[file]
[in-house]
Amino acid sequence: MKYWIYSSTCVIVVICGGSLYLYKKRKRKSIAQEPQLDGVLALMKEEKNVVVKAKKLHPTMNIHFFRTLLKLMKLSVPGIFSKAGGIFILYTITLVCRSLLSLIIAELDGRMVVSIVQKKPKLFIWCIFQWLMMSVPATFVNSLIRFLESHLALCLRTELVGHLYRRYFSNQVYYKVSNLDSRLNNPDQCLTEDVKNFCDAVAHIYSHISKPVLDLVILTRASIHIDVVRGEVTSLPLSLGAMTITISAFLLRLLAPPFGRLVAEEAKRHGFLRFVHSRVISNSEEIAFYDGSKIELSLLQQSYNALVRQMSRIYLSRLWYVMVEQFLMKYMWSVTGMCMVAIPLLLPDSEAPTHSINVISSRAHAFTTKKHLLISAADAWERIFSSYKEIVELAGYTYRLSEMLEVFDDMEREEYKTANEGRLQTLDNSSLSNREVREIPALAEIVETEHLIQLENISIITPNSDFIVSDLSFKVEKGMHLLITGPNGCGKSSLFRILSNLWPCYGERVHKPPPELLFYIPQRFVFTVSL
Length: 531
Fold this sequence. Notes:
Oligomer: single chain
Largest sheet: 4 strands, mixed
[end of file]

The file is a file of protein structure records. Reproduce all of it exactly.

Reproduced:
[in-house]
Amino acid sequence: MKYWIYSSTCVIVVICGGSLYLYKKRKRKSIAQEPQLDGVLALMKEEKNVVVKAKKLHPTMNIHFFRTLLKLMKLSVPGIFSKAGGIFILYTITLVCRSLLSLIIAELDGRMVVSIVQKKPKLFIWCIFQWLMMSVPATFVNSLIRFLESHLALCLRTELVGHLYRRYFSNQVYYKVSNLDSRLNNPDQCLTEDVKNFCDAVAHIYSHISKPVLDLVILTRASIHIDVVRGEVTSLPLSLGAMTITISAFLLRLLAPPFGRLVAEEAKRHGFLRFVHSRVISNSEEIAFYDGSKIELSLLQQSYNALVRQMSRIYLSRLWYVMVEQFLMKYMWSVTGMCMVAIPLLLPDSEAPTHSINVISSRAHAFTTKKHLLISAADAWERIFSSYKEIVELAGYTYRLSEMLEVFDDMEREEYKTANEGRLQTLDNSSLSNREVREIPALAEIVETEHLIQLENISIITPNSDFIVSDLSFKVEKGMHLLITGPNGCGKSSLFRILSNLWPCYGERVHKPPPELLFYIPQRFVFTVSL
Length: 531
Fold this sequence. Notes:
Oligomer: single chain
Largest sheet: 4 strands, mixed